A KPCC piece on the formation of a new L.A. city office to deal with wage theft quoted Alexandra Suh of the Koreatown Immigrant Workers Alliance (KIWA) who emphasized the importance of community organizations in encouraging wage theft victims to come forward with their claims.
Strategic Actions for a Just Economy (SAJE) and KIWA are both members of the Alliance for Community Transit -Los Angeles Coalition (ACT-LA) which organized a rally at Grand Park to call for transit-oriented development that prevents displacement and brings jobs and walkability to local communities.  See Streetsblog L.A. for the story.
A U.S. Equal Employment Opportunity Commission (EEOC) task force on workplace harassment convened a panel in Los Angeles to discuss strategies for safer work environments.  The National Law Review covered the story and quoted Restaurant Opportunities Center Los Angeles (ROC-LA) organizer, Sophia Cheng, who pointed out management’s role in making workplaces harassment-free.
Federal agencies have “banned the box” and will no longer ask about criminal history on job applications.  All of Us or None founder Dorsey Nunn praised the development in the San Francisco Bay View.
Patrisse Cullors, founder of Black Lives Matter and Rapid Response Fund for Racial Justice grantee Dignity and Power Now wrote a piece for the Huffington Post discussing the epidemic of police violence against people of color.
A Visalia Times-Delta  article about proposed changes to California’s three strikes law drew support from Emily Harris of the Ella Baker Center for Human Rights, a Rapid Response Fund for Racial Justice grantee.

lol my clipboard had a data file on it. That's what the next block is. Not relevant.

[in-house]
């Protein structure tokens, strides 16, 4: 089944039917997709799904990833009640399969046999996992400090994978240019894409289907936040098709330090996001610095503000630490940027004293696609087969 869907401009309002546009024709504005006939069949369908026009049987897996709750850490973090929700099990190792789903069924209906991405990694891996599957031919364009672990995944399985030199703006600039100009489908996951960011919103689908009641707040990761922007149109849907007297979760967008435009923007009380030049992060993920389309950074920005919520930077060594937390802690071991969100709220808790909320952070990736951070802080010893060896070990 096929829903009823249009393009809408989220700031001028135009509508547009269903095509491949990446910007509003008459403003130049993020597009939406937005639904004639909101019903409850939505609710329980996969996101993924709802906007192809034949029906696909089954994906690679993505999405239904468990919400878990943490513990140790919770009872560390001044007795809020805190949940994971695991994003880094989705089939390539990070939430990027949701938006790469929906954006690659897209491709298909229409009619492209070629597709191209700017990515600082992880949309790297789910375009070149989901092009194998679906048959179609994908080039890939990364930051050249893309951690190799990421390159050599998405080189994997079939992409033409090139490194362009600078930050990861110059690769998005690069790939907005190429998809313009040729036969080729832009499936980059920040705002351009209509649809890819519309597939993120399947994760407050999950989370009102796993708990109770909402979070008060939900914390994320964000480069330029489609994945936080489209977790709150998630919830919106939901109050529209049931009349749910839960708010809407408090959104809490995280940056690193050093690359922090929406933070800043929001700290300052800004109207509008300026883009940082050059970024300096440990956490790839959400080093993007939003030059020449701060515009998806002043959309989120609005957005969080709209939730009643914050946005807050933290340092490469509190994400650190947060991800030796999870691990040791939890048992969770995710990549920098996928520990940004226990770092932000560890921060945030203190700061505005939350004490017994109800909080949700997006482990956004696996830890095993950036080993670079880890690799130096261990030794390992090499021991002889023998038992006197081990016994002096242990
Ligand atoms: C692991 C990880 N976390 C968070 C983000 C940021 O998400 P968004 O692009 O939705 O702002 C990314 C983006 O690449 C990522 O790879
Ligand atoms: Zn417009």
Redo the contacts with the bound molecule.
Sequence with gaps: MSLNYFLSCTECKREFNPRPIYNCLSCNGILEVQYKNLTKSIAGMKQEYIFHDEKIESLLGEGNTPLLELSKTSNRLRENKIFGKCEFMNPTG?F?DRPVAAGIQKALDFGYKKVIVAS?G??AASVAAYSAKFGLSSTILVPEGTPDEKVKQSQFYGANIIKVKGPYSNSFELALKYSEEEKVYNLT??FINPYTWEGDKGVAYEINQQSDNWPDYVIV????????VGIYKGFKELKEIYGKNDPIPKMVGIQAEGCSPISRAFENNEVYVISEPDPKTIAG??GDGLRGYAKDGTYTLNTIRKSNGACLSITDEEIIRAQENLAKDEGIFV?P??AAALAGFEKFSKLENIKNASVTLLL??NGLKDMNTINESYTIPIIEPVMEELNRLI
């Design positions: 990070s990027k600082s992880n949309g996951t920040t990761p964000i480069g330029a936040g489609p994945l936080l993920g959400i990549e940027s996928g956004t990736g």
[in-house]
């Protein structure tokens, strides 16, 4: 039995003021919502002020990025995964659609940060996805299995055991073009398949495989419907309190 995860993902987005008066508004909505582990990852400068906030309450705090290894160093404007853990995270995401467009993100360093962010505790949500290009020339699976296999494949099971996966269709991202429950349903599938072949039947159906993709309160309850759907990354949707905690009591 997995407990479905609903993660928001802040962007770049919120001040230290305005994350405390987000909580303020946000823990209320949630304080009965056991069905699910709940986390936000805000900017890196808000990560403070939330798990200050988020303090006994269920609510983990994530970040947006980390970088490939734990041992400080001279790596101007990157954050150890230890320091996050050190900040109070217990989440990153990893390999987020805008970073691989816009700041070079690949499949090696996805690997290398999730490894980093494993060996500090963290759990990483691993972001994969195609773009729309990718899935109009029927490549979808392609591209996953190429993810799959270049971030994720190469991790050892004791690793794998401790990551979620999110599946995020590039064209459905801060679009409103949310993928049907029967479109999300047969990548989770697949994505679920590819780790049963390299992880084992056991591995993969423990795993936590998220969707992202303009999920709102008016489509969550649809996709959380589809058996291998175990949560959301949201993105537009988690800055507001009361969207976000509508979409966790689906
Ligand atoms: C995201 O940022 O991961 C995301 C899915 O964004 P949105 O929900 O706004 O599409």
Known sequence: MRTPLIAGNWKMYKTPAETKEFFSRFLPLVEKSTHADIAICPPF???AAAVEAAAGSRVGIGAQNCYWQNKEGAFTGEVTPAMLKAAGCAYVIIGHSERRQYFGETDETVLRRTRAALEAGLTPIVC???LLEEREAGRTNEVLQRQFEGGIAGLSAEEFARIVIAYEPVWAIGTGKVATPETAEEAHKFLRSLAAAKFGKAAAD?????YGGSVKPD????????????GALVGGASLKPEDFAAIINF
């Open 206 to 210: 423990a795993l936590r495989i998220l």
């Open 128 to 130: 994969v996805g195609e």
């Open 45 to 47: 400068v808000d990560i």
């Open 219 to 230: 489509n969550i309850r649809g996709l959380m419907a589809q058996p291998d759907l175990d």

The Daily Breeze examined how police patrol homeless encampments amid L.A.’s worsening homeless crisis, turning to Steve Diaz of the Los Angeles Community Action Network (LA-CAN) for a quote.
The Los Angeles Downtown News reported on the city of L.A.’s debate over legalizing street vending.  The article mentions the Coalition for Humane Immigrant Rights Los Angeles (CHIRLA)’s recommendation against allowing neighborhoods to decide whether opt for legal street vending, which the organization says has failed in the past.
The Inland Empire Community News profiled the Inland Empire chapter of the Immigrant Youth Coalition (IYC) on the group’s five year anniversary, and highlighted the young organizers’ accomplishments.  The article also gave a nod to the Pomona Economic Opportunity Center (PEOC)’s work in the region, and story appeared in the Press Enterprise as well.  The Inland Empire Community News also covered a hunger strike taking place at the Adelanto Detention Center, where undocumented immigrants are detained.  IYC demonstrated in support of the strikers.
According to the L.A. Sentinel, Black Women for Wellness held its 14th annual Wellness Reproductive Justice Conference, which addressed health care, self-esteem, criminal justice and other issues that influence reproductive health for Black women. The organization is also working to support a bill expanding information about safe abortions (see Al Jazeera), and investigating toxic chemicals faced by beauty salon workers on the job (see UCLA Newsroom).
Californians for Justice member Rosa De León penned a piece for the Daily Democrat about her experiences as an undocumented English learner who went on to campaign against high school exit exams.
InnerCity Struggle and Community Coalition are among the organizations pushing for more community outreach in the search for LAUSD’s next superintendent. L.A. School Report has the story.